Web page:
Caffeine & Adrenal Fatigue - Effects of Caffeine
on the Adrenal Glands
caffeine cause adrenal insufficiency? First of all, let's discuss
the benefits of coffee for the body. Coffee has been shown to decrease
the risk of Type II diabetes mellitus, Parkinson's disease, dementia,
certain cancers, heart rhythm problems and strokes. Coffee has many
beneficial antioxidant properties when consumed in moderation. Caffeine
has also shown to enhance physical performance as well as concentration.
Many claim that it decreases pain perception during exercise as
The Adrenal glands are located on top of the kidneys and are an
integral part of the endocrine system. They are responsible for
producing major hormones such as Cortisol (released in response
to stress) and adrenaline (fight or flight response). When the adrenal
glands become impaired or weak, a person may exhibit signs of low
blood glucose, low blood pressure and exhaustion. The adrenals are
considered to be a bank for stored inherited energy to be used when
needed. Yet when excessive amounts are overdrawn, one ends up with
a negative energy balance, and exhaustion ensues.
people do not realize that their first cup of coffee in the morning
starts their rollercoaster of energy ups and downs throughout the
day. Once the first cup is consumed, minutes later the caffeine
initiates uncontrolled neuron firing in the brain. This overactive
neuron activity triggers the pituitary gland to produce a hormone
that travels to and communicates with the adrenal glands to release
adrenaline, the fight-or-flight response hormone. This is the "high"
that caffeine gives a person. But once this "high" wears
off, one starts to feel tired and sluggish so they pour themselves
another cup or coffee or grab a soda for some more caffeine to start
the process over. The more caffeine one consumes, the more the adrenals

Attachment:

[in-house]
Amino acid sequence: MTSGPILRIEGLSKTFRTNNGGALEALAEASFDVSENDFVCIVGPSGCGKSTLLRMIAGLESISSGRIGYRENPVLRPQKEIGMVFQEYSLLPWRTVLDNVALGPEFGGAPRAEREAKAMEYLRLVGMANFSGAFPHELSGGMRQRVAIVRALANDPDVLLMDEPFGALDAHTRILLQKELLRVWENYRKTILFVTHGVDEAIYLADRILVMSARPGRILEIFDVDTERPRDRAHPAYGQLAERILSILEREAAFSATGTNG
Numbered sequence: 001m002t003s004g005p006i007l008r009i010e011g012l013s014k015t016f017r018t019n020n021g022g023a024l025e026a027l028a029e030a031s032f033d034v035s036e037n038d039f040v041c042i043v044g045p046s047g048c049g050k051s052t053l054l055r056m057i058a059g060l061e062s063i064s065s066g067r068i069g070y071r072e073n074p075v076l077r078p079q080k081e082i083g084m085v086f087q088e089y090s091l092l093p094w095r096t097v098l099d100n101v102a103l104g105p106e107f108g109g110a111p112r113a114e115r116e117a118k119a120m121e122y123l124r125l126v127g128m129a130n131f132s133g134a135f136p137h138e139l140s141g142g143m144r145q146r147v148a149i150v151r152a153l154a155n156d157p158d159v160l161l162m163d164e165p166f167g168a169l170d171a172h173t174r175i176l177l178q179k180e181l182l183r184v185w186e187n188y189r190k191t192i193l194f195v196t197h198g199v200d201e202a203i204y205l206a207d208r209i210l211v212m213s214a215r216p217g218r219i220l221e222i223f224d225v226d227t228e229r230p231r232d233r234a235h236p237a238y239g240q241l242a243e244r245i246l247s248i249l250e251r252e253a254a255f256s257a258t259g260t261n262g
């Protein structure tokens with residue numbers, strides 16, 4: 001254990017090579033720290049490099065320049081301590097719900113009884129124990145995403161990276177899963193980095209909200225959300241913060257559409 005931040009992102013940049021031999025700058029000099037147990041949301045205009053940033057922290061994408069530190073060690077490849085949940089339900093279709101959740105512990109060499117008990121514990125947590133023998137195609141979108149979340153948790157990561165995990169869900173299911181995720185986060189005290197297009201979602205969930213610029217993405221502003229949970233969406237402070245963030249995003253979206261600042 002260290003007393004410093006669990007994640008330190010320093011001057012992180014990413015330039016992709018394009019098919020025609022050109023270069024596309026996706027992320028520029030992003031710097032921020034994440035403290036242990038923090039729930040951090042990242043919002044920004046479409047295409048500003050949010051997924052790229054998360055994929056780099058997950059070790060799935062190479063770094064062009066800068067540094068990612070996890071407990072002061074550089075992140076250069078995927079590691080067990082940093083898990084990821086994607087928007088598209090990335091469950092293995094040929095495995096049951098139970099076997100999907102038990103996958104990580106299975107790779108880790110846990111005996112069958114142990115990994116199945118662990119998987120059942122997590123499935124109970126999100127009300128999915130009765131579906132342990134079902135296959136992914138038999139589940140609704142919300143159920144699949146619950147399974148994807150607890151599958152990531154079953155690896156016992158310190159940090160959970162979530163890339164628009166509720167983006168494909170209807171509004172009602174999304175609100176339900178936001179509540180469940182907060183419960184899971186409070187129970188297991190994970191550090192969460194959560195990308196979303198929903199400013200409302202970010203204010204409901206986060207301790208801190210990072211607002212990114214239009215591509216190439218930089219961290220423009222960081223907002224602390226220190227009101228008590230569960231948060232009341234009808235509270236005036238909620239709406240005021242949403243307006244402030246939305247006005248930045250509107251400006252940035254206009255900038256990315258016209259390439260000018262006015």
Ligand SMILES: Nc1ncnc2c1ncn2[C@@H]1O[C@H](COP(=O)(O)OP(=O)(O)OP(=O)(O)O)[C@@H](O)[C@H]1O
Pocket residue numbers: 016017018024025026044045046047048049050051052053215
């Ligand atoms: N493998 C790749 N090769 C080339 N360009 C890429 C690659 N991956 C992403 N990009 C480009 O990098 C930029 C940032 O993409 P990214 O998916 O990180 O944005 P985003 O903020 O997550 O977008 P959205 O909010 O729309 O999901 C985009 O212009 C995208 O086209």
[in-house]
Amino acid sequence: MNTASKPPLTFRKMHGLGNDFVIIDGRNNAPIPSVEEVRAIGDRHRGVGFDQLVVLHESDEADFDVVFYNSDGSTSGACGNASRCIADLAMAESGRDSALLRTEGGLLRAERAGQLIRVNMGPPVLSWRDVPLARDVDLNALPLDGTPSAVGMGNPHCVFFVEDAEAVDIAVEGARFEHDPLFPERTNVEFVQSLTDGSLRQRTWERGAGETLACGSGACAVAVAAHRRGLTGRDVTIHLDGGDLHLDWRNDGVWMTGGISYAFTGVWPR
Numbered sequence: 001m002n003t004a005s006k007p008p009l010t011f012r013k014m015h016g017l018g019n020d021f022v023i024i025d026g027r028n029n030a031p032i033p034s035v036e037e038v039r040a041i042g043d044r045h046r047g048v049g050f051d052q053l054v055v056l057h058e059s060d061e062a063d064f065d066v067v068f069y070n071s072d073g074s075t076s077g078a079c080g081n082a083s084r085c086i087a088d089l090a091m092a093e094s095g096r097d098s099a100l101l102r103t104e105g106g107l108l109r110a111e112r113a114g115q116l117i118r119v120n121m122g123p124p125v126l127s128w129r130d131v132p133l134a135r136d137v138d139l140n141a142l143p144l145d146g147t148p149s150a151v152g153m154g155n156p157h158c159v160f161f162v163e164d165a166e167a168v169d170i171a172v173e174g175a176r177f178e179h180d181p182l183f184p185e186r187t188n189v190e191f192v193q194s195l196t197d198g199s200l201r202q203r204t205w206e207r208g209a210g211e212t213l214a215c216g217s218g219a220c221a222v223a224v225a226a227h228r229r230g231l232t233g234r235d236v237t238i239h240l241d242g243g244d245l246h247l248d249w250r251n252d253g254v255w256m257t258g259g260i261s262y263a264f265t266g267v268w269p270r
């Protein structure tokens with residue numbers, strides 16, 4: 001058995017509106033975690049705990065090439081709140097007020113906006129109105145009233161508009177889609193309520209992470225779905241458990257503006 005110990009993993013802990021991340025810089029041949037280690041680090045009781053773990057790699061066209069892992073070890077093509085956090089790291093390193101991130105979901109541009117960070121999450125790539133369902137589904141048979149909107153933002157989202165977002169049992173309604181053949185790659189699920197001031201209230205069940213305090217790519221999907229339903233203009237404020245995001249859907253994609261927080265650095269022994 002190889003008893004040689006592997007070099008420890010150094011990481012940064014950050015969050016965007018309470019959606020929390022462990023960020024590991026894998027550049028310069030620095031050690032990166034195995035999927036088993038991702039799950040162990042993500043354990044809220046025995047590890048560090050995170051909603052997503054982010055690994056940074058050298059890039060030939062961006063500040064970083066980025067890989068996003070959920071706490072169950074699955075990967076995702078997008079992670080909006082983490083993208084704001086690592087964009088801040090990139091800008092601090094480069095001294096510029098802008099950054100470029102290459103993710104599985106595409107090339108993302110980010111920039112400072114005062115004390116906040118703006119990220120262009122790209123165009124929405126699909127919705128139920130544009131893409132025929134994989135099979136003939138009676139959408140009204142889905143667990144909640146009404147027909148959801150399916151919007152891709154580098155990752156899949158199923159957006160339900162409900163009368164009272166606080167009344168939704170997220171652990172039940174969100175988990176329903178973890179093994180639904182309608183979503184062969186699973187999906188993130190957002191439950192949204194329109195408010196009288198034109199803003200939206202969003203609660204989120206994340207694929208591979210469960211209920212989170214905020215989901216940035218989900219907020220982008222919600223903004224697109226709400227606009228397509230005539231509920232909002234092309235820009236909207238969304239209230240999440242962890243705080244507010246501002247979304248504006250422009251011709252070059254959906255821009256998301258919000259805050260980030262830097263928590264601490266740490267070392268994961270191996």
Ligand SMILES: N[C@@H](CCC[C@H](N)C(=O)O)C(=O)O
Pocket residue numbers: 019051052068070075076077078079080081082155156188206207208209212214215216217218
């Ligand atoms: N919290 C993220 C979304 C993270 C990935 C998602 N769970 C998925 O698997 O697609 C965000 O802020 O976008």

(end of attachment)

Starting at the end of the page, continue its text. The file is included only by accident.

pump out adrenaline and deplete their supply. So the person consumes
larger doses of caffeine to obtain their "high" thereby
depleting their adrenaline stores farther. Soon the adrenals are
completely depleted that the person no longer responds to caffeine.
This is the point where one will experience withdrawal symptoms
should they decide to abruptly stop their caffeine consumption.
Other negative effects of caffeine on the body include indigestion
due to the amount of acid in coffee and the stomach secreting more
acid where the body likes a more alkaline environment. Coffee can
inhibit the absorption of many nutrients and even cause excretion
of calcium, magnesium, potassium, iron and other trace elements
that are important for women which lead to the increased risk of
osteoporosis. Caffeine should be avoided in pregnancy because it
crosses the placenta and studies show higher incidence of infertility,
miscarriage and low-birth weight when caffeine is consumed during
pregnancy. Caffeine tends to aggravate PMS and fibrocystic breast
diseases along with hot flashes and hormonal fluctuations in menopausal
women. It is also a natural diuretic which is an irritant to the
bladder and to men with enlarged prostates.
So, do the benefits outweigh the risks of caffeine? Is a cup of
coffee a day actually good for us? Unfortunately, there is research
to support both sides. Regardless, caffeine is a drug, plain and
simple. It has some significant side effects and mild benefits.
One should decide what is more important to them, that needed "high"
right away or their health down the road. Hopefully, the information
provided will help you decide what is best for your health.
By Stephanie Harter